Cooke, who is leaving after nine years at the helm of the Toronto Star, will step down on June 1.
Michael Cooke, the editor who shepherded the Toronto Star through the mayoralty of Rob Ford and the launch and subsequent closure of its tablet edition, will step down from his post at the beginning of June.
In a statement released March 23, 2018, Torstar announced that Cooke will leave the Toronto Star June 1. The release states that Cooke, who is currently chair of Journalists for Human Rights, will “become more involved in training international journalists on human rights reporting.”
Cooke joined the Toronto Star in 2009 after stints at the Chicago Sun-Times and the New York Daily News. He poured resources into investigative journalism, and made a point of involving the Star in the story — “Star Gets Action” became a familiar headline on A1 during his tenure.
The paper became a huge part of the story after then-Star reporter Robyn Doolittle broke the news that Rob Ford had been filmed smoking crack. After six months of public debate over whether the tape actually existed, it was finally confirmed by former Toronto Police Service Chief Bill Blair.
Cooke was also editor during the paper’s rocky attempt at producing a viable tablet edition. Star Touch was launched with much fanfare in September 2015. The Toronto Star hired 60 new staff members to work on it, and touted the freedom it gave journalists. But unlike a similar app produced by La Presse, which has been successful, Star Touch struggled to meet audience goals. “The audience is not as big as we had anticipated but it’s still a key priority for us to grow that core audience,” Torstar spokesperson Bob Hepburn told J-Source in 2016. In August 2017, the app was shuttered for good.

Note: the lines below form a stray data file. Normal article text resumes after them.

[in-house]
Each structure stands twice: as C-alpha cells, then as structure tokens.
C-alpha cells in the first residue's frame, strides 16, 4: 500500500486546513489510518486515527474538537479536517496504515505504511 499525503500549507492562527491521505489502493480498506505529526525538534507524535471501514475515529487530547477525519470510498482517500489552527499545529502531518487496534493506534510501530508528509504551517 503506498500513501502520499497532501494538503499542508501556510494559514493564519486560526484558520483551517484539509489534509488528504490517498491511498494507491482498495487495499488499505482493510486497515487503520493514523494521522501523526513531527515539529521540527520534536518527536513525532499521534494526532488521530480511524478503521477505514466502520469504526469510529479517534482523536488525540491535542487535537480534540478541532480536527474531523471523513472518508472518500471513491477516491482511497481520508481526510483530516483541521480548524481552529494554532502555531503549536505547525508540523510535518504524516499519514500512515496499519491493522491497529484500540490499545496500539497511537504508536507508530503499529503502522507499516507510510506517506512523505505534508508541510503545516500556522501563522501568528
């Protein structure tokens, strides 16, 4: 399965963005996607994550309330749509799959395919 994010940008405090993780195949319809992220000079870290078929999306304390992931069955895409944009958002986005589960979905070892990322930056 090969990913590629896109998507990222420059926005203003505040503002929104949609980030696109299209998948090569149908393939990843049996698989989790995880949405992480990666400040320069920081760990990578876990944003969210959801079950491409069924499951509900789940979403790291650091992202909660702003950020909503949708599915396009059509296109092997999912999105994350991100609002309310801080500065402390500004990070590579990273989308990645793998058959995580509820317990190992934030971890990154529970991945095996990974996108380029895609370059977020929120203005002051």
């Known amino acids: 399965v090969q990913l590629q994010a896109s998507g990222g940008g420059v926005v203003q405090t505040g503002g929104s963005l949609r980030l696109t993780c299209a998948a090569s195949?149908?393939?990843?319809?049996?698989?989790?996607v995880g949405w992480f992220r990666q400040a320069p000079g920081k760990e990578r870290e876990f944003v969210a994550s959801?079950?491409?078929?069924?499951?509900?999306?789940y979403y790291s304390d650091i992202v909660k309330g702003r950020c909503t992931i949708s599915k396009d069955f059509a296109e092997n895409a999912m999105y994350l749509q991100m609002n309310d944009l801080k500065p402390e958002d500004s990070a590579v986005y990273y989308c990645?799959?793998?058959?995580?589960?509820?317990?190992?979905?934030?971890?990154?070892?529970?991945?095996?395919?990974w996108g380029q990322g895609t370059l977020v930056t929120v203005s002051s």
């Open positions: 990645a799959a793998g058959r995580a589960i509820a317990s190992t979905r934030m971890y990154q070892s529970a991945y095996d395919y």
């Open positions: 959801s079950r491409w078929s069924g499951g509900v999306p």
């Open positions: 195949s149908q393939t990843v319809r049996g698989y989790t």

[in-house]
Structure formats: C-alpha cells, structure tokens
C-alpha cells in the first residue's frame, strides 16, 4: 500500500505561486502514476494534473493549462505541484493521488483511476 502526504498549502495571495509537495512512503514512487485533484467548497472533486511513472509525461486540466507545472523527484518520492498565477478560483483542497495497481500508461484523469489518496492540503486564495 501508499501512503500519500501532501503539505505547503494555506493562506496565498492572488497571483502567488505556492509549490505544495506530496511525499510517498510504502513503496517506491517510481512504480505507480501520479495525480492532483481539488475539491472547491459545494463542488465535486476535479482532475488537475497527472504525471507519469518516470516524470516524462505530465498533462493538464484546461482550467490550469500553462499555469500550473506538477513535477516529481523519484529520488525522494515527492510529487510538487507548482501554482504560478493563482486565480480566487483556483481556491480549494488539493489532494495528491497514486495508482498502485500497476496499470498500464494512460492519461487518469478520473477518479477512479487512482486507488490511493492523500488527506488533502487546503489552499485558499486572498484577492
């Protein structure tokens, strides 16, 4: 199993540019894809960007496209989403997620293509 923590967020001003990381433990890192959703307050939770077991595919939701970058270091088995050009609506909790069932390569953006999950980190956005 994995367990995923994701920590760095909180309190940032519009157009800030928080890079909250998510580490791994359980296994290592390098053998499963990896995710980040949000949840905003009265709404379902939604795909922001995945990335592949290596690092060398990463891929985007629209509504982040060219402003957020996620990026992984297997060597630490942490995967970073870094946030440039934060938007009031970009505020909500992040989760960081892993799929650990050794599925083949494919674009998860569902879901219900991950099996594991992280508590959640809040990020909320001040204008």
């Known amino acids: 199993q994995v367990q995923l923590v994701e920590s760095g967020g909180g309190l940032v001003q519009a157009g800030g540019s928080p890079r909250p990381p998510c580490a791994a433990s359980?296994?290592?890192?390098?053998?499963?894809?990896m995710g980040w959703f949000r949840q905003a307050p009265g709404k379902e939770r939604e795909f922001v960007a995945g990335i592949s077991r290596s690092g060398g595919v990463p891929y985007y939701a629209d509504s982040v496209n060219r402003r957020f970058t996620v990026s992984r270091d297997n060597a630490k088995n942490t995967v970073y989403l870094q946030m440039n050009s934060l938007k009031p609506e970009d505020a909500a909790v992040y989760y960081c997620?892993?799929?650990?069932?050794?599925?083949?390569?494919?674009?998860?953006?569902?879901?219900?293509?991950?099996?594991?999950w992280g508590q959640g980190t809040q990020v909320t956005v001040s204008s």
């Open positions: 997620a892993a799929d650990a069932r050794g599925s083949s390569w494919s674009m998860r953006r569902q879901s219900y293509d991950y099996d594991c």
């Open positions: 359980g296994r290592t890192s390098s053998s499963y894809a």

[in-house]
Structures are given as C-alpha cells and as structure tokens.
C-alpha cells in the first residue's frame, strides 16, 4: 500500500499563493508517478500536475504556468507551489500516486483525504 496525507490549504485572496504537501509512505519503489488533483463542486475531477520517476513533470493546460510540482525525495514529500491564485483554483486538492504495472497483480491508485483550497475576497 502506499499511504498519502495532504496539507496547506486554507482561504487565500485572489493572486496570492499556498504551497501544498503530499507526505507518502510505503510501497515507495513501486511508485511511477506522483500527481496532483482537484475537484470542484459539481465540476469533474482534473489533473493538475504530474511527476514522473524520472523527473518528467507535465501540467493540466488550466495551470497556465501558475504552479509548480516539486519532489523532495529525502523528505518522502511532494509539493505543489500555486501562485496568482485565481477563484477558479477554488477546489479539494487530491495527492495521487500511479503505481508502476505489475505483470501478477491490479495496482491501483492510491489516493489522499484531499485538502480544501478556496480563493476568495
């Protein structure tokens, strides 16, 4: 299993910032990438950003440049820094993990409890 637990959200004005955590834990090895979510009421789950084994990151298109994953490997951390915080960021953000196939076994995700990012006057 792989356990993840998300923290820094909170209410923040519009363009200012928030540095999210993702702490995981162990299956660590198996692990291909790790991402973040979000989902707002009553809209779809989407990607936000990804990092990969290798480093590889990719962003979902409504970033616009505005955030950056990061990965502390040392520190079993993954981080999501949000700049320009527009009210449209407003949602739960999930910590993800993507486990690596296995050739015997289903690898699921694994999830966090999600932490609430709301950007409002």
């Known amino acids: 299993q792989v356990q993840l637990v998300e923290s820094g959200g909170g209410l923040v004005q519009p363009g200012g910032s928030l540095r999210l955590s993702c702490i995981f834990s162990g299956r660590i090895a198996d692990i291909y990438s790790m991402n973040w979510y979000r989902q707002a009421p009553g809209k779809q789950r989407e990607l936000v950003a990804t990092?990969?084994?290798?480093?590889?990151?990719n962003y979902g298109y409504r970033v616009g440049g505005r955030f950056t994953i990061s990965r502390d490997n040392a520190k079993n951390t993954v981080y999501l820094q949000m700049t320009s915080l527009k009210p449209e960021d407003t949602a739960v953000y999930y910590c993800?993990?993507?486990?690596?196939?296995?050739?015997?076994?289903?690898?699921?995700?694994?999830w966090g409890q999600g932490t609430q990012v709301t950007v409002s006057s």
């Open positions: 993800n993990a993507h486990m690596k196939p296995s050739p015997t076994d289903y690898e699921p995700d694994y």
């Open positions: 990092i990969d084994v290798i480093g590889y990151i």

In a newsroom memo released when the Star Touch closure was announced, Cooke said that they tried their “damndest” to make the tablet app work. “Star Touch was an editorial success of which we remain proud. It was named a best news app by Apple and the engagement numbers remain stunning,” he wrote. “But the audience is too small to be sustained as a business.”
Like many newspapers across Canada, the Toronto Star has felt the impact of declining print advertising revenue. In February, John Honderich, chair of Torstar’s board of directors, told the Globe and Mail that “We have very little time left.” However the company did report a profit in the fourth quarter of 2017.
In a digital memo, Cooke said he was staying with the paper until June, “to complete the early part of the Star transformation.”
“For you in this newsroom, the next two years are going to be challenging,” he wrote to newsroom staff.
“And if you stick to our long-held values, the values that got the paper another Hillman prize, that got the paper all those NNA nominations in areas we have always cared about …if you stick to our long-held values and embrace the new, you have a real shot at transforming the Star to a further brilliant and lasting success.”
The Toronto Star has retained a recruiting firm to search for a new editor.
With files Tamara Baluja.
This story will be updated as details become available.